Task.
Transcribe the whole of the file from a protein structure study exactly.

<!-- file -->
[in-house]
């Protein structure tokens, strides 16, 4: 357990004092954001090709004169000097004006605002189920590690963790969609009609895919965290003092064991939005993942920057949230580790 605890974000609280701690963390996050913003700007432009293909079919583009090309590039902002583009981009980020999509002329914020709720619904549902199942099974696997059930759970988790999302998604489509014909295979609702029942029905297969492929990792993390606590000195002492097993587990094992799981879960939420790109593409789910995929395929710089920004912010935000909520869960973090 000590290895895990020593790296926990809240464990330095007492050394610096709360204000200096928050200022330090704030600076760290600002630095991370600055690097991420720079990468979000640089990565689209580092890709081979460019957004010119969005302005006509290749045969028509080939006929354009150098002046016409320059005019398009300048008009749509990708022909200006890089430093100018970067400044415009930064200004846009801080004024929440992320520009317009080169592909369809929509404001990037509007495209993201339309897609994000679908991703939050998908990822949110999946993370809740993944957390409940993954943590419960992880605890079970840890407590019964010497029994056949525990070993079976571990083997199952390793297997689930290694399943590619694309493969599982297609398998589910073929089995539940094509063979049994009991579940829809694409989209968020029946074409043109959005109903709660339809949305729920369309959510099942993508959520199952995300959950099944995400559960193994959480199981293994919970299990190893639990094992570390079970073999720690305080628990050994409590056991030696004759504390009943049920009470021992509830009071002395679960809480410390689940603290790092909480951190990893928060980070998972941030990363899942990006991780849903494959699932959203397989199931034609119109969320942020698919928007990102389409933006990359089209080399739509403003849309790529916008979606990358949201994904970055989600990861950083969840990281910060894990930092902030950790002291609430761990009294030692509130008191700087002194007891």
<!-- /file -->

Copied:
[in-house]
């Protein structure tokens, strides 16, 4: 357990004092954001090709004169000097004006605002189920590690963790969609009609895919965290003092064991939005993942920057949230580790 605890974000609280701690963390996050913003700007432009293909079919583009090309590039902002583009981009980020999509002329914020709720619904549902199942099974696997059930759970988790999302998604489509014909295979609702029942029905297969492929990792993390606590000195002492097993587990094992799981879960939420790109593409789910995929395929710089920004912010935000909520869960973090 000590290895895990020593790296926990809240464990330095007492050394610096709360204000200096928050200022330090704030600076760290600002630095991370600055690097991420720079990468979000640089990565689209580092890709081979460019957004010119969005302005006509290749045969028509080939006929354009150098002046016409320059005019398009300048008009749509990708022909200006890089430093100018970067400044415009930064200004846009801080004024929440992320520009317009080169592909369809929509404001990037509007495209993201339309897609994000679908991703939050998908990822949110999946993370809740993944957390409940993954943590419960992880605890079970840890407590019964010497029994056949525990070993079976571990083997199952390793297997689930290694399943590619694309493969599982297609398998589910073929089995539940094509063979049994009991579940829809694409989209968020029946074409043109959005109903709660339809949305729920369309959510099942993508959520199952995300959950099944995400559960193994959480199981293994919970299990190893639990094992570390079970073999720690305080628990050994409590056991030696004759504390009943049920009470021992509830009071002395679960809480410390689940603290790092909480951190990893928060980070998972941030990363899942990006991780849903494959699932959203397989199931034609119109969320942020698919928007990102389409933006990359089209080399739509403003849309790529916008979606990358949201994904970055989600990861950083969840990281910060894990930092902030950790002291609430761990009294030692509130008191700087002194007891």